Flexible cooking skills.
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Old 02-05-2010, 00:48   #36
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Yea I keep hearing about your fishing problems. It's not super difficult.

1. Fish where there are fish.
2. Use a lure that looks like what the fish are eating.
3. Move the lure in a way that looks like the way the thing that the fish are eating would move.
4. Repeat.

Fish tend to have great senses of smell, so wash your hands with seawater quite thoroughly, and be quiet, because the fish can hear you .

It also helps not to have a woman in the boat, and to bring plenty of cheap beer.
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Old 02-05-2010, 02:21   #37
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several boats they talked to in 1997 (in Europe) were in the $500/month budget area.

.
Thats 13 years ago, Eric... and thats probably the book publishing date so the actual meetings may have been 2 years before... 15 years ago.

But I know what you mean

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Fish tend to have great senses of smell, so wash your hands with seawater quite thoroughly, and be quiet, because the fish can hear you .

.
HEAR ME????????????????????

This Dorado was talking to me!!!!!!!!!

Becalmed for a week off the coast of India we were HARASSED for 3 days by these 3 Doarado. They would look at all 57,000 fishing lines I had out and just snigger! the boat was a friggin lure making factory! I tried everything.
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Old 02-05-2010, 03:16   #38
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Quote:
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Mark:....The lure needs to be tied to a string...
THAT was funny! Good one!

Not to belabor the fishing theme and create further thread drift ....
Trolling while underway is really nothing more than wishful thinking since your focused on a destination rather than optimum fishing conditions. However, if you do get lucky and catch something, thats great! I would rather clean a fish than open a can of corn beef hash.

The secret to fishing is presentation of the bait. Big fish eat small fish so why not give them what they want? I use a bait trap like this:


When your on the hook, put a little hard cat food, left over spam or whatever in the trap, drop it to the bottom beside the vessel and go to sleep. Next morning retrieve the trap and take it with bait still inside to deeper water. If you present this live bait to the bigger fish out a little further, your gonna catch something. If all else fails, eat the bait! You can buy professionally made traps that fold up nicely if stowage is an issue.

Something tells me that local fishing regulations might need to be reviewed before attempting to use a trap though. In Florida and the Bahamas your good to go, I do know that.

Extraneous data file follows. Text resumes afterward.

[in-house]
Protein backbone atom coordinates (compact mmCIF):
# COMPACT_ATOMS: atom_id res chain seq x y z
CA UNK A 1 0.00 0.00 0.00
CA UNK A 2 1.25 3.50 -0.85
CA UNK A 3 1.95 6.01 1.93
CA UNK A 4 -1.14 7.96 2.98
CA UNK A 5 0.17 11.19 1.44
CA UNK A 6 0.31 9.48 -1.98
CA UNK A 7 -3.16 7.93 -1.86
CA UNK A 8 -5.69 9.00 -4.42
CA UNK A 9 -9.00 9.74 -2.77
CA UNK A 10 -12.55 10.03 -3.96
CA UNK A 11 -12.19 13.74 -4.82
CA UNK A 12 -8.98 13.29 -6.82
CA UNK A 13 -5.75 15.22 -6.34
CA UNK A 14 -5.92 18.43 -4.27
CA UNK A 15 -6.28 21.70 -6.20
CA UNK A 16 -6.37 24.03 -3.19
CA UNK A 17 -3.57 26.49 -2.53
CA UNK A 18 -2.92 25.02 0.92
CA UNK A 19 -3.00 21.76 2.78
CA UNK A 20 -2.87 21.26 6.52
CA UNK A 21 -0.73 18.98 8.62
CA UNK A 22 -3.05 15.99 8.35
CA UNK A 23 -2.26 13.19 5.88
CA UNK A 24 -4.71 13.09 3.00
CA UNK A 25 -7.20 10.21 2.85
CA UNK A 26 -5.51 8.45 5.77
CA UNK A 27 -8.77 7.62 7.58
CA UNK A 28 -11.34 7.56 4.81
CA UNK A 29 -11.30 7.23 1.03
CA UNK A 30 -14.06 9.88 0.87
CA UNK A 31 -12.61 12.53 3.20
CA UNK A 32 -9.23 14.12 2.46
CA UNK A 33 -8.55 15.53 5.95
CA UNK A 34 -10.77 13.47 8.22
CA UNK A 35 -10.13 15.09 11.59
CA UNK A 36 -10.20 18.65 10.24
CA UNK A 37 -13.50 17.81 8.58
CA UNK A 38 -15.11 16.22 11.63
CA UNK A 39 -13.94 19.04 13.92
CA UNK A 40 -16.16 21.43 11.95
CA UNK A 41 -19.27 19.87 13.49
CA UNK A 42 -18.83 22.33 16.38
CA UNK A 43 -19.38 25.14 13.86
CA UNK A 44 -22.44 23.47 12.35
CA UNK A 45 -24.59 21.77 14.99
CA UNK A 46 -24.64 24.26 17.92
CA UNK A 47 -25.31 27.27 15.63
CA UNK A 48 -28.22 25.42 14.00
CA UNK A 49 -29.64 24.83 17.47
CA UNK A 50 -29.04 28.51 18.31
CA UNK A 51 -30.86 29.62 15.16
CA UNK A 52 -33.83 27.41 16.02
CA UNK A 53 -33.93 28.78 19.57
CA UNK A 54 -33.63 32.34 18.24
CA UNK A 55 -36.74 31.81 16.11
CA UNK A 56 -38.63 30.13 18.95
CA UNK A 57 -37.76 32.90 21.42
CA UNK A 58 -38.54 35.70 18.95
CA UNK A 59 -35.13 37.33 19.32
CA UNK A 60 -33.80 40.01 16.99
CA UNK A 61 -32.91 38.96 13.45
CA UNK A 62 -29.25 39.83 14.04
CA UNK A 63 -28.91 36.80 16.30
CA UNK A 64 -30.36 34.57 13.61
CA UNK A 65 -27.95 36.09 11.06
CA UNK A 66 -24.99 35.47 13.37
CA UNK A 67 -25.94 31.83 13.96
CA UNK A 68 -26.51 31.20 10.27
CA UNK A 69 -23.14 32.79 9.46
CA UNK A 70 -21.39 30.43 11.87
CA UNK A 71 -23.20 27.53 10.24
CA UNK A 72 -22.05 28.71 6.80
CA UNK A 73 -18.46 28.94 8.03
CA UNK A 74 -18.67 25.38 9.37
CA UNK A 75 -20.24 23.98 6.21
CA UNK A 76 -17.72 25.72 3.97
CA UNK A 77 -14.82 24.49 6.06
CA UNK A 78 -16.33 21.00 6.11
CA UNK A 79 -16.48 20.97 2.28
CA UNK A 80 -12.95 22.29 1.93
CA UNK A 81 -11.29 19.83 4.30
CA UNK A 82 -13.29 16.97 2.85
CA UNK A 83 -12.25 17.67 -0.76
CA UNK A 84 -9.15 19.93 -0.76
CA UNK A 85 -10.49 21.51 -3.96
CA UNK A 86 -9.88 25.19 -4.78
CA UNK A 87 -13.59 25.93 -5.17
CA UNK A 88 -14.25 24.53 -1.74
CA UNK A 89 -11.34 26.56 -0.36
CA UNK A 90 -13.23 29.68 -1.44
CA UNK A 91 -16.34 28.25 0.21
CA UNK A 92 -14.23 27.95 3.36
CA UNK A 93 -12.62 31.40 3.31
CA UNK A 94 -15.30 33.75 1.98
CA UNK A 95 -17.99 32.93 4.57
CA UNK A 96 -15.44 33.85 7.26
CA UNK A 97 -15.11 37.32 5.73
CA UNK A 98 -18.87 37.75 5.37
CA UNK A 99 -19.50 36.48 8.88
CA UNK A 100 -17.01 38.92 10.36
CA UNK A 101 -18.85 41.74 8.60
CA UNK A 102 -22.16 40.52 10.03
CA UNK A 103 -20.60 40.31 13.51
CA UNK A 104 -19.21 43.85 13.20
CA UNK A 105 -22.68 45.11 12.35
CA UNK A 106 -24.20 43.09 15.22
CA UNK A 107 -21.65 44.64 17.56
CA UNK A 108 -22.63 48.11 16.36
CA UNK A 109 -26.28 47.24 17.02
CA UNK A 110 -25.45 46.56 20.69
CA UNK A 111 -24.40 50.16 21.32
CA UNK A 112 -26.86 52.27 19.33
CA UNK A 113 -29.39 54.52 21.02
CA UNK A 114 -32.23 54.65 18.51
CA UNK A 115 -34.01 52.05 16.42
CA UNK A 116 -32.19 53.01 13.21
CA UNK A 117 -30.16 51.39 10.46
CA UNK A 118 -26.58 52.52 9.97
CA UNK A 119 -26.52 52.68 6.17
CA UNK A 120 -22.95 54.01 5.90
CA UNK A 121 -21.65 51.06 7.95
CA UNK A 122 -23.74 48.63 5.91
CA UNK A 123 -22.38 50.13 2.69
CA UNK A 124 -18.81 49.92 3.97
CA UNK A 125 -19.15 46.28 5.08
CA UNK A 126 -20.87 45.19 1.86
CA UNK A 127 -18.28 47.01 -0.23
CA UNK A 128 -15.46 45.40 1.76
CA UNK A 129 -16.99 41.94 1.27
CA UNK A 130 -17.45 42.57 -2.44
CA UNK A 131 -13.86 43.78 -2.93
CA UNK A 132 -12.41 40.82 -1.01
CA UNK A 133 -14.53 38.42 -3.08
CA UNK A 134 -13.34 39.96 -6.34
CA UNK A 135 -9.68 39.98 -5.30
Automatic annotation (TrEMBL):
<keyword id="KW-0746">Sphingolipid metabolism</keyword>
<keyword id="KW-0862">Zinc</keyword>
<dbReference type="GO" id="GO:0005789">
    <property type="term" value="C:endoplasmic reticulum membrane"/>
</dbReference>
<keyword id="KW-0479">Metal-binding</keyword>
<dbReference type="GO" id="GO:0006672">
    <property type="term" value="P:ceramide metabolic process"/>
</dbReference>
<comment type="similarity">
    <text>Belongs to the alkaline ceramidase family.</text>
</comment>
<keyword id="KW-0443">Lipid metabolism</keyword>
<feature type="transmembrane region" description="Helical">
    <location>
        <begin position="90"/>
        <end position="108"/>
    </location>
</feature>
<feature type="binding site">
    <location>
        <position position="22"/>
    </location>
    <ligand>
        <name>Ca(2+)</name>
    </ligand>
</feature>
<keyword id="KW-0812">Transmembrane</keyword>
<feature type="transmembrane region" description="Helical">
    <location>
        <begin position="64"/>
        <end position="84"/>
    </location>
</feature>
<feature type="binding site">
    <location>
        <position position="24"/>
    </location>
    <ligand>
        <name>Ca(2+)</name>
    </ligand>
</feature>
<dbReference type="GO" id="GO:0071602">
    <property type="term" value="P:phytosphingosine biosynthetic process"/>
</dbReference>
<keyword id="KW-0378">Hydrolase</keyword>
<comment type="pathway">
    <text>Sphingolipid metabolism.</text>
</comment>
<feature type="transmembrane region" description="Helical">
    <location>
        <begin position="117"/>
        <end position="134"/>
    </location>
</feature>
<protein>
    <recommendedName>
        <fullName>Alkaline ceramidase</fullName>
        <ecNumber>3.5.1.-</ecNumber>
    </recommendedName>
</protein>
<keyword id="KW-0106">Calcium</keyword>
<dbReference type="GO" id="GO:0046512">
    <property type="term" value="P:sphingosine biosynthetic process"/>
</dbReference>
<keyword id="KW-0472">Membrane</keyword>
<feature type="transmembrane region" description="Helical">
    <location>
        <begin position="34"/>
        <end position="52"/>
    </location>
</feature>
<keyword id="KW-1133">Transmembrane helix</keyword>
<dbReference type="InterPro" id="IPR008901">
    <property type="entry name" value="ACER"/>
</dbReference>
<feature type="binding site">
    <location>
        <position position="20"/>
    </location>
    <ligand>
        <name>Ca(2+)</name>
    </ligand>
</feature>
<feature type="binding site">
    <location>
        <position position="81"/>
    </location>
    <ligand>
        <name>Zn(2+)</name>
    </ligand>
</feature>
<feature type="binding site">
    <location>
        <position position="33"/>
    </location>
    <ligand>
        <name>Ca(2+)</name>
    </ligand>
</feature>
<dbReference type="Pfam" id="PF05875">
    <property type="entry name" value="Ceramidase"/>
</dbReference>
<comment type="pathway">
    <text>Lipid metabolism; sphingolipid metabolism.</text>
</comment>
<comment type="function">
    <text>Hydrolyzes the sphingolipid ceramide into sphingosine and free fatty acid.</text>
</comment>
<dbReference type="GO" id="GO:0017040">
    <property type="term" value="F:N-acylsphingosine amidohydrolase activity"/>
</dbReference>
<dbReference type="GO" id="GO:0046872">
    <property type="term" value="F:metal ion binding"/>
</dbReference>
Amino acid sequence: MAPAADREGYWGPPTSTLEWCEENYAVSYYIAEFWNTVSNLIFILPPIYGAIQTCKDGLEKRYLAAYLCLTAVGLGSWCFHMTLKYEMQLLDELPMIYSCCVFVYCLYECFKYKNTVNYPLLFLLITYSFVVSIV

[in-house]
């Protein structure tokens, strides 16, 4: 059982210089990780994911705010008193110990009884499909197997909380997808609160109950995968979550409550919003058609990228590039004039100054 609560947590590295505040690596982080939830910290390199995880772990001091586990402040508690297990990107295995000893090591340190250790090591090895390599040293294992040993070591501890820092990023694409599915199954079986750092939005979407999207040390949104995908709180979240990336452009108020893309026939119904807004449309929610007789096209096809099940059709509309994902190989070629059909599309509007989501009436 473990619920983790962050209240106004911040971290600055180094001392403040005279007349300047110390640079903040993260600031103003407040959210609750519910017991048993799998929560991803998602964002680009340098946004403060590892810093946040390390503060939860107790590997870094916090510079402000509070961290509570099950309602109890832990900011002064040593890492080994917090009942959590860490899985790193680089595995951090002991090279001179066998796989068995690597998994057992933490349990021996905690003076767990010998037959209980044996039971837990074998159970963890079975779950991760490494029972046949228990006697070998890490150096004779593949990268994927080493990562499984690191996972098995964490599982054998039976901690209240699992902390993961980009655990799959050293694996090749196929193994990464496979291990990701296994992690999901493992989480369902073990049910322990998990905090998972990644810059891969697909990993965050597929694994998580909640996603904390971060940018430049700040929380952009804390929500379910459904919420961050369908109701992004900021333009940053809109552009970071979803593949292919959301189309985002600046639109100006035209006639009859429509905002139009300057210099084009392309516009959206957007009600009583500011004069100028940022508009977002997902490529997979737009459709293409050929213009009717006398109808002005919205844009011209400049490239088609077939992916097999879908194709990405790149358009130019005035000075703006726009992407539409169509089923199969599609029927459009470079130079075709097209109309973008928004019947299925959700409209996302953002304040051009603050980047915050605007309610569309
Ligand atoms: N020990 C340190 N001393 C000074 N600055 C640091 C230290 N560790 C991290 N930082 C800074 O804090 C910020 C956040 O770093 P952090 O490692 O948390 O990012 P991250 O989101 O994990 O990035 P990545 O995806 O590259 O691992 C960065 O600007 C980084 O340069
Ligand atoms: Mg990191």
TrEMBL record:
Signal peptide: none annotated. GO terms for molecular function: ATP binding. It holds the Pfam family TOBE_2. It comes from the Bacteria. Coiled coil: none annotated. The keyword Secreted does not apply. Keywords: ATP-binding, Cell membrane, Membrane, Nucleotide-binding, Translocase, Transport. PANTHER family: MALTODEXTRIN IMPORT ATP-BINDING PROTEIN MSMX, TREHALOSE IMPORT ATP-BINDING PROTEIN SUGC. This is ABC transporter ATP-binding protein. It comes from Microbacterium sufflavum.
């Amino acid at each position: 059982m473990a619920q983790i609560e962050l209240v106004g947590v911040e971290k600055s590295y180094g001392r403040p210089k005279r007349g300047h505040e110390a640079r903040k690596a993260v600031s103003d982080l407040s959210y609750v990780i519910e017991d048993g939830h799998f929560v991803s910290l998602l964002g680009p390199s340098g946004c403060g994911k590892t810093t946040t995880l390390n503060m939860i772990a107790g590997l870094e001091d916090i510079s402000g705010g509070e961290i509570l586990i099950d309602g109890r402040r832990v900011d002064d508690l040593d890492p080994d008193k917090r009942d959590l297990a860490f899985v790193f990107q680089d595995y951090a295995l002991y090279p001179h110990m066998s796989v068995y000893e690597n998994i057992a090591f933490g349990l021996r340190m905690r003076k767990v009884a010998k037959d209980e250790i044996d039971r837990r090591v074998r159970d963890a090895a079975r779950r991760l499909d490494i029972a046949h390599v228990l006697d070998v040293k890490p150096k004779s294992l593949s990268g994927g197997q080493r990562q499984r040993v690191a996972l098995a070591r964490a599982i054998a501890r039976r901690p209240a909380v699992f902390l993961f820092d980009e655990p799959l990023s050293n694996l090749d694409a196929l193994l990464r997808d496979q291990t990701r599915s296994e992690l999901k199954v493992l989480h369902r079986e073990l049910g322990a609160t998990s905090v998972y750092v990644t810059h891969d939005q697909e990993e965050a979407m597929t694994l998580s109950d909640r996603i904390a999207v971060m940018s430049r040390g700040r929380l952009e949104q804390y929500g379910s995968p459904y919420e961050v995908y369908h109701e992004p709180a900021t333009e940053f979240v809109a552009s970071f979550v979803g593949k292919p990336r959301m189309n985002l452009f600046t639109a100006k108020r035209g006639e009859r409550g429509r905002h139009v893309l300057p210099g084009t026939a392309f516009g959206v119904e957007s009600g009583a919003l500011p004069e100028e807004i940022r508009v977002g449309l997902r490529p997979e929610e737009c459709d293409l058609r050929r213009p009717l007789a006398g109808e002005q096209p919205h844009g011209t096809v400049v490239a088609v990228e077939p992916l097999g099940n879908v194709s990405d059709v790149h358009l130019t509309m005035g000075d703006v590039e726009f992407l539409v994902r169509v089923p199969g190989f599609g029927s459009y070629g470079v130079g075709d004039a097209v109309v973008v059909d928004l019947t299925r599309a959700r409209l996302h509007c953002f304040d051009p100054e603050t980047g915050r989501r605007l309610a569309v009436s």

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Old 02-05-2010, 03:24   #39
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Becalmed for a week off the coast of India we were HARASSED for 3 days by these 3 Doarado. They would look at all 57,000 fishing lines I had out and just snigger! the boat was a friggin lure making factory! I tried everything.
If you just had 1 live bait....just 1
Or 3 if you want to fill the freezer!

I enjoy your posts and your blog btw. Happy trip!
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Old 02-05-2010, 03:47   #40
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For you drinkers, how about converving a water tank to a wine fermentation vat. Run vent into a jug of water, airtite cap, add carbohydrates from local fruits,grains and yeast, water and you have alcohol aplenty. A still and you have bootleg moonshine, valuable commodity anywhere there's people. I used to make excellent elderberry wine from bushes in backyard, and a plastic drum. With added sugar cost about $0.10 a gallon and was 10-12% alcohol.
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Old 02-05-2010, 04:05   #41
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Thats excellent

It must have been a tough 8 months.

Yep! It was not good.

Quote:
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I think many of us have had to tighten the belt for a while and make do. I think it makes us better people...

LOL! I never thought of it as "character building" but I see what you mean. You are probably right.

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Would you have wanted to be that frugal for the next 5 years?